If a person becomes dehydrated due to tonsillitis, he may need intravenous serum. Analgesics to relieve sore throat may help while the treatment lasts.

Tips for Relieving Sore Throat

  1. Drink plenty of fluids
  2. Rest
  3. Gargle with lukewarm water, coarse salt and lemon juice several times a day
  4. Suck throat pills
  5. Keep the environment moist by means of a humidifier
  6. Avoiding Smoke
  7. Try not to self-medicate with over-the-counter medications. Always consult a doctor first and foremost for children.


People with chronic tonsillitis may experience obstructive sleep apnea. When the upper airways become inflamed breathing becomes difficult and this makes the person does not sleep well.

It is also possible that the infection worsens and spreads to other areas of the body. This is known as tonsillar cellulitis.

The infection can also cause accumulation of pus behind the tonsils or peritonsillar abscess in the surrounding tissue. This may require drainage or surgery.

Symptoms of tonsillitis caused by a bacterial infection usually improve days after starting antibiotics. Streptococcal infection is considered contagious until antibiotics are started for a period of 24 hours.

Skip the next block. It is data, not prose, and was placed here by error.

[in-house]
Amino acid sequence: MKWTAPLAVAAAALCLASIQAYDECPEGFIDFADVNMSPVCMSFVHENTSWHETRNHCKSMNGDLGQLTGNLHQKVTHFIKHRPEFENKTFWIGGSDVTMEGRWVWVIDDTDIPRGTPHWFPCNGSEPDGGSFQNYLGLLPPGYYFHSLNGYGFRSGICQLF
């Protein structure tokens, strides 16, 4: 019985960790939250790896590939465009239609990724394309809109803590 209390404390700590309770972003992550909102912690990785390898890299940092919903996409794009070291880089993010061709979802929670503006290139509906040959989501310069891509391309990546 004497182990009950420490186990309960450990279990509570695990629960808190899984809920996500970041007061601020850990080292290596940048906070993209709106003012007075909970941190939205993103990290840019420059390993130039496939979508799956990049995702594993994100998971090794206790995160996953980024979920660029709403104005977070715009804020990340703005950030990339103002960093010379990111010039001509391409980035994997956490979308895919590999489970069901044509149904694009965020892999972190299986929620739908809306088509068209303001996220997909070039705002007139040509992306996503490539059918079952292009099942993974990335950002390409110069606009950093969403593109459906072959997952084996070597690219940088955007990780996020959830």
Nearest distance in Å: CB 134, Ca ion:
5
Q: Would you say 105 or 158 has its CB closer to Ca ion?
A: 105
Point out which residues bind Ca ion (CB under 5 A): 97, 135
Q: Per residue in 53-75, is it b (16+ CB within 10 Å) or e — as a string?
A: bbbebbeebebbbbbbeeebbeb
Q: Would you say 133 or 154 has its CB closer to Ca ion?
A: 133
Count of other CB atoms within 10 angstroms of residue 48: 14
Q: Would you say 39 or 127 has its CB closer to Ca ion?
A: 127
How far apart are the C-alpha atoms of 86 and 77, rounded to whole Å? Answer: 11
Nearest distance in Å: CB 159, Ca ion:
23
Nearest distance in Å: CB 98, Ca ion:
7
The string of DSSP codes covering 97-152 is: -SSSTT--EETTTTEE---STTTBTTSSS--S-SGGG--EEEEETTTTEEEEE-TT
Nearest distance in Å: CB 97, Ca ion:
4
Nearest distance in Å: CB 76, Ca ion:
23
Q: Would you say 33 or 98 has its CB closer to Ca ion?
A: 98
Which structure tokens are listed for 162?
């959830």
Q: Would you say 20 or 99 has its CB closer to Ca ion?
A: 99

If a person does not complete the antibiotic scheme or they do not remove the bacteria, they run the risk of developing rheumatic fever and post streptococcal glomerulonephritis.

P Revenge

Tonsillitis is highly contagious. To reduce risks, keep away from people who are infected, wash their hands often, especially after coming in contact with someone who has a sore throat, coughing or sneezing.


[1] Acute tonsillitis. Comprehensive General Medicine. Volume II Main affections in the family and social contexts. Part XV. Most Frequent Respiratory System Problems. Chapter 68. Sore throat, nose, and ears. Electronic publications. VHL Cuba. Retrieved at http://gsdl.bvs.sld.cu/cgi-bin/library

[2] Tonsils with pus. Video. Retrieved at https://www.youtube.com/watch?v=RS-PGAaW1Z8

[3] Tonsillitis. Written by Ann Pietrangelo and Rachel Nall. Retrieved from healthline.com.

[4] A.D.A.M. Editorial team. Retrieved at medlineplus.gov.

[5] Tonsils and throat. Blausen.com staff. Blausen gallery 2014. Wikiversity Journal of Medicine. Retrieved at commons.wikimedia.org.

[6]"The classic surgical technique is bilateral extra capsular tonsillectomy, which corresponds to the surgical resection of both palatine tonsils together with its capsule, by dissection of the periamygdalin space. It corresponds to one of the most frequent surgical procedures performed by otolaryngologists, reaching in the United States more than 500,000 procedures per year for children under 15 years of age." Goldsmith AJ. Tonsillectomy, adenoidectomy and UPPP. In: Bluestone CD, Rosenfeld RM, ed. Surgical Atlas of Pediatric Otolaryngology, 2nd Ed. BC Decker; 2002, p. 379-406. Recovered from scielo.cl.

[7] Treatment and prevention of streptococcal tonsillopharyngitis. Retrieved from uptodate.com.